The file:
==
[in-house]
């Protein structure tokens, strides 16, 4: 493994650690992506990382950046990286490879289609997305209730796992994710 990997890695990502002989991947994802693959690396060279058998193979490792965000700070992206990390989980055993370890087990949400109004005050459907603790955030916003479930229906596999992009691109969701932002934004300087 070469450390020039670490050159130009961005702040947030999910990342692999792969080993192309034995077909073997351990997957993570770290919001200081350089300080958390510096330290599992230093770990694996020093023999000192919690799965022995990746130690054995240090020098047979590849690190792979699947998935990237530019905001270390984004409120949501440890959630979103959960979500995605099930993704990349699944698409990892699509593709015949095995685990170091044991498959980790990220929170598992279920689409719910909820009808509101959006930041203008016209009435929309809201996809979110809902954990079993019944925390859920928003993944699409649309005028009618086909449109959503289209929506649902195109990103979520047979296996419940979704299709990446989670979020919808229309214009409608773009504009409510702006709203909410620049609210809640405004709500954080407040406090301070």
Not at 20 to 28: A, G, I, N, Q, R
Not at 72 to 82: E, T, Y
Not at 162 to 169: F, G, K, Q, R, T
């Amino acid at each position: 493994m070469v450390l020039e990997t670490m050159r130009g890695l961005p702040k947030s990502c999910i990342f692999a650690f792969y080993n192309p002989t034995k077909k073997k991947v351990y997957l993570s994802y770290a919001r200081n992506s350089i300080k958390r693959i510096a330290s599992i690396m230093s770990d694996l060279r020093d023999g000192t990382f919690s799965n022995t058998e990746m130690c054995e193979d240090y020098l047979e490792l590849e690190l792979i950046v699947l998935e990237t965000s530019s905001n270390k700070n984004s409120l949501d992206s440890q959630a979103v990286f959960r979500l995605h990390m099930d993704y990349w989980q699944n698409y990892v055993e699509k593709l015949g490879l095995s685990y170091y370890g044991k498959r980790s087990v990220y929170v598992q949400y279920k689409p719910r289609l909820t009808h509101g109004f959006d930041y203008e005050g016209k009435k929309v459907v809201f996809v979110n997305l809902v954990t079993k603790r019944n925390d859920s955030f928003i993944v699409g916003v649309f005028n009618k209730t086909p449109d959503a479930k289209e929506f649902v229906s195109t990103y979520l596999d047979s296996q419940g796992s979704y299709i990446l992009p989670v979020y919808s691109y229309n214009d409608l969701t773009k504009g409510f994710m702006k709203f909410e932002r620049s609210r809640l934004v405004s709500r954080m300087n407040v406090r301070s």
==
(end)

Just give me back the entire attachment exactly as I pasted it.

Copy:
[in-house]
């Protein structure tokens, strides 16, 4: 493994650690992506990382950046990286490879289609997305209730796992994710 990997890695990502002989991947994802693959690396060279058998193979490792965000700070992206990390989980055993370890087990949400109004005050459907603790955030916003479930229906596999992009691109969701932002934004300087 070469450390020039670490050159130009961005702040947030999910990342692999792969080993192309034995077909073997351990997957993570770290919001200081350089300080958390510096330290599992230093770990694996020093023999000192919690799965022995990746130690054995240090020098047979590849690190792979699947998935990237530019905001270390984004409120949501440890959630979103959960979500995605099930993704990349699944698409990892699509593709015949095995685990170091044991498959980790990220929170598992279920689409719910909820009808509101959006930041203008016209009435929309809201996809979110809902954990079993019944925390859920928003993944699409649309005028009618086909449109959503289209929506649902195109990103979520047979296996419940979704299709990446989670979020919808229309214009409608773009504009409510702006709203909410620049609210809640405004709500954080407040406090301070």
Not at 20 to 28: A, G, I, N, Q, R
Not at 72 to 82: E, T, Y
Not at 162 to 169: F, G, K, Q, R, T
């Amino acid at each position: 493994m070469v450390l020039e990997t670490m050159r130009g890695l961005p702040k947030s990502c999910i990342f692999a650690f792969y080993n192309p002989t034995k077909k073997k991947v351990y997957l993570s994802y770290a919001r200081n992506s350089i300080k958390r693959i510096a330290s599992i690396m230093s770990d694996l060279r020093d023999g000192t990382f919690s799965n022995t058998e990746m130690c054995e193979d240090y020098l047979e490792l590849e690190l792979i950046v699947l998935e990237t965000s530019s905001n270390k700070n984004s409120l949501d992206s440890q959630a979103v990286f959960r979500l995605h990390m099930d993704y990349w989980q699944n698409y990892v055993e699509k593709l015949g490879l095995s685990y170091y370890g044991k498959r980790s087990v990220y929170v598992q949400y279920k689409p719910r289609l909820t009808h509101g109004f959006d930041y203008e005050g016209k009435k929309v459907v809201f996809v979110n997305l809902v954990t079993k603790r019944n925390d859920s955030f928003i993944v699409g916003v649309f005028n009618k209730t086909p449109d959503a479930k289209e929506f649902v229906s195109t990103y979520l596999d047979s296996q419940g796992s979704y299709i990446l992009p989670v979020y919808s691109y229309n214009d409608l969701t773009k504009g409510f994710m702006k709203f909410e932002r620049s609210r809640l934004v405004s709500r954080m300087n407040v406090r301070s």